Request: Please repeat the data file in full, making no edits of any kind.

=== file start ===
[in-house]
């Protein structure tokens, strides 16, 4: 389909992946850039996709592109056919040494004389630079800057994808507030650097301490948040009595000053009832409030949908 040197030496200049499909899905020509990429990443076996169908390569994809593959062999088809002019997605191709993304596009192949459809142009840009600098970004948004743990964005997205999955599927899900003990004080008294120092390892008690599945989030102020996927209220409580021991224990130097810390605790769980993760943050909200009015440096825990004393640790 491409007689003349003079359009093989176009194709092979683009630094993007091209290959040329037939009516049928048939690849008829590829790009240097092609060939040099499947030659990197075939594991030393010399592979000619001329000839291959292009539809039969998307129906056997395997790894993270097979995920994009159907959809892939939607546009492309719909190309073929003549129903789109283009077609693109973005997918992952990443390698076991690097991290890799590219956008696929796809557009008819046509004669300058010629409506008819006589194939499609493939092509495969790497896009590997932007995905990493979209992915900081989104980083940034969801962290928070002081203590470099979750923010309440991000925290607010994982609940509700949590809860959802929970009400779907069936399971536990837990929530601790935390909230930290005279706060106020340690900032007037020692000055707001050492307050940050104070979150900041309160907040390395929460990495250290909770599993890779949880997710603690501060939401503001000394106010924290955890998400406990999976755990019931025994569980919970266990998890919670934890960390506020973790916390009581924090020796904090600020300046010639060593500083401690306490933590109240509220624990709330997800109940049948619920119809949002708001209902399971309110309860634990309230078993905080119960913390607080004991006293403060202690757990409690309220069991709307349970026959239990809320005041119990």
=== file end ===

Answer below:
[in-house]
């Protein structure tokens, strides 16, 4: 389909992946850039996709592109056919040494004389630079800057994808507030650097301490948040009595000053009832409030949908 040197030496200049499909899905020509990429990443076996169908390569994809593959062999088809002019997605191709993304596009192949459809142009840009600098970004948004743990964005997205999955599927899900003990004080008294120092390892008690599945989030102020996927209220409580021991224990130097810390605790769980993760943050909200009015440096825990004393640790 491409007689003349003079359009093989176009194709092979683009630094993007091209290959040329037939009516049928048939690849008829590829790009240097092609060939040099499947030659990197075939594991030393010399592979000619001329000839291959292009539809039969998307129906056997395997790894993270097979995920994009159907959809892939939607546009492309719909190309073929003549129903789109283009077609693109973005997918992952990443390698076991690097991290890799590219956008696929796809557009008819046509004669300058010629409506008819006589194939499609493939092509495969790497896009590997932007995905990493979209992915900081989104980083940034969801962290928070002081203590470099979750923010309440991000925290607010994982609940509700949590809860959802929970009400779907069936399971536990837990929530601790935390909230930290005279706060106020340690900032007037020692000055707001050492307050940050104070979150900041309160907040390395929460990495250290909770599993890779949880997710603690501060939401503001000394106010924290955890998400406990999976755990019931025994569980919970266990998890919670934890960390506020973790916390009581924090020796904090600020300046010639060593500083401690306490933590109240509220624990709330997800109940049948619920119809949002708001209902399971309110309860634990309230078993905080119960913390607080004991006293403060202690757990409690309220069991709307349970026959239990809320005041119990």